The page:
Google reportedly ignored warnings before launching the 'worse than useless' Bard
Google employees warned the tech giant about Bard but the company launched the tool anyway.
What you need to know
- The success of Microsoft and OpenAI have pushed Google to compete within the AI space on an accelerated timeline.
- Google recently launched its own AI chatbot, Bard, in preview.
- Employees warned Google of Bard being "worse than useless" and giving advice that could "result in serious injury or death," according to a report by Bloomberg.
Google's chatbot Bard is once again in the headlines for a reason the tech giant likely isn't happy about. According to a report by Bloomberg, Google employees warned the tech giant that Bard was a "pathological liar." More than just sharing false information, that could be relatively harmless, Bard reportedly gave advice which "would likely result in serious injury or death" for activities such as scuba diving and landing a plane.
Back in February 2023, a Google employee reportedly sent an internal message that read, "Bard is worse than useless: please do not launch." Almost 7,000 people were said to have seen that message, many of which agreed with its sentiment.
Jen Gennai, the AI governance lead at Google, overruled a risk assessment from her team in March, according to Bloomberg. Bard launched to the public in preview shortly after.
According to the report, Gennai's decision was made in conjunction with a group of senior leaders that "determined it was appropriate to move forward for a limited experimental launch with continuing pre-training, enhanced guardrails, and appropriate disclaimers."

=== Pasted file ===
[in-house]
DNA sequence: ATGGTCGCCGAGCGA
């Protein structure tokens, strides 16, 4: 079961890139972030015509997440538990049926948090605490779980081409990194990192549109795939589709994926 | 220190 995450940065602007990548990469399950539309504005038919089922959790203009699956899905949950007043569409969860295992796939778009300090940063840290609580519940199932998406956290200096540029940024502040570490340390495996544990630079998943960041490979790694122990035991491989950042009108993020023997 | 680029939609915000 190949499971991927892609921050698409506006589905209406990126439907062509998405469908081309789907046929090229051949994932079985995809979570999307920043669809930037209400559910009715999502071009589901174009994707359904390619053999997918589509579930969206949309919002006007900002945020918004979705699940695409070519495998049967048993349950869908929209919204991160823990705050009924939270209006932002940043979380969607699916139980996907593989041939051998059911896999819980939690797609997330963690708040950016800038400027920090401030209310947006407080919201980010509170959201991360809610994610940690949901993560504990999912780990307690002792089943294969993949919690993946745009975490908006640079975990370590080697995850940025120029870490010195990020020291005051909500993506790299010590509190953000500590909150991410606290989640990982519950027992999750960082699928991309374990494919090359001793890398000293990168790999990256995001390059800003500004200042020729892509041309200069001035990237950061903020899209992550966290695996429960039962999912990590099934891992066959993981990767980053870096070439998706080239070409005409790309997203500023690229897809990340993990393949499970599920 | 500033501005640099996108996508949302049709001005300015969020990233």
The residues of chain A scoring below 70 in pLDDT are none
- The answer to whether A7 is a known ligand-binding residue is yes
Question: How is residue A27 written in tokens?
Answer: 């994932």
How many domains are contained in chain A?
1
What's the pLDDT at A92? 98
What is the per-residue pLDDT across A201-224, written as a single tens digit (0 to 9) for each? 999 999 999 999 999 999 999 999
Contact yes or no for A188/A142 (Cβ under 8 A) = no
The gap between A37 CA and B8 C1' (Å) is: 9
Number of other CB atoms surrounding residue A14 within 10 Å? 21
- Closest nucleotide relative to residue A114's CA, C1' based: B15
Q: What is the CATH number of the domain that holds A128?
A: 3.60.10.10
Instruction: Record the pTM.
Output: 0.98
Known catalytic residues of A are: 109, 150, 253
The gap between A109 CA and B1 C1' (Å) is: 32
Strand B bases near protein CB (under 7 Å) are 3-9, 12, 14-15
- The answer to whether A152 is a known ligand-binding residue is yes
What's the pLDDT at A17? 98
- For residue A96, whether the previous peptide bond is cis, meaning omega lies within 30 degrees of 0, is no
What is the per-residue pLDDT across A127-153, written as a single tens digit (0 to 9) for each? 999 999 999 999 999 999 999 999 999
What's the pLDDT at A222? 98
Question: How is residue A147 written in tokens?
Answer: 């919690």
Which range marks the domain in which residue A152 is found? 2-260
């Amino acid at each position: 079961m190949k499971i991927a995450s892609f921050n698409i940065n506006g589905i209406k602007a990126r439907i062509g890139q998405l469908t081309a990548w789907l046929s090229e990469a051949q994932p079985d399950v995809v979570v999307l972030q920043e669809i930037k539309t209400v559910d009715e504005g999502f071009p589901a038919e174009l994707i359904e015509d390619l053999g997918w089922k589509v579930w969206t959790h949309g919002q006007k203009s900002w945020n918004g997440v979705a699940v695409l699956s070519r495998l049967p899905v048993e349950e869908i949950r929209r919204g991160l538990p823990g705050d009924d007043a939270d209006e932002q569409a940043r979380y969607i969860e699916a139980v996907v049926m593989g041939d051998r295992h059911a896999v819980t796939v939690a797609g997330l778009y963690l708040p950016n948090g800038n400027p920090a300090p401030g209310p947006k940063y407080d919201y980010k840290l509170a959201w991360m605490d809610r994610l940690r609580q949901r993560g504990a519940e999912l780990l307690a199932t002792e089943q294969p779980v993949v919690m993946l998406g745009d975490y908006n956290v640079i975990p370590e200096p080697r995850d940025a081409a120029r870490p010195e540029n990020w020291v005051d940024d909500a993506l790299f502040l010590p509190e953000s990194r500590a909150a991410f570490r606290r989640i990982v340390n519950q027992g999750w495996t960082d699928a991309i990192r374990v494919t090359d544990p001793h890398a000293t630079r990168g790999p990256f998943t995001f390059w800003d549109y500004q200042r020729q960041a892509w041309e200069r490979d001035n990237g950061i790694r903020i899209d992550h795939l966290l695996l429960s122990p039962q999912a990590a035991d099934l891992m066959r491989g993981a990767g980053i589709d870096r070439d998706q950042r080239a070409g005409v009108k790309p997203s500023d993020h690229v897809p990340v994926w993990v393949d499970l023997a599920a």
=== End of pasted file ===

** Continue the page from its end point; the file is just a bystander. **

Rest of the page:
Google's quickened pace in the AI race is due, at least in part, to OpenAI releasing ChatGPT and Microsoft integrating AI into services such as Bing. Last December, Google's senior leadership reportedly sent out a "code red" and accelerated its efforts in artificial intelligence. That change of course required Google to make some compromises when it came to ethics.
Gennai reportedly said that when it comes to "fairness," Google "might be at 80, 85 percent, or something." Those figures refer to a threshold that Google products have to hit before being released. Some products, such as those related to child safety, have to hit a 100% threshold.
Google said the following to Bloomberg regarding Bard:
"We are continuing to invest in the teams that work on applying our AI Principles to our technology."
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Sean Endicott brings nearly a decade of experience covering Microsoft and Windows news to Windows Central. He joined our team in 2017 as an app reviewer and now heads up our day-to-day news coverage. If you have a news tip or an app to review, hit him up at firstname.lastname@example.org.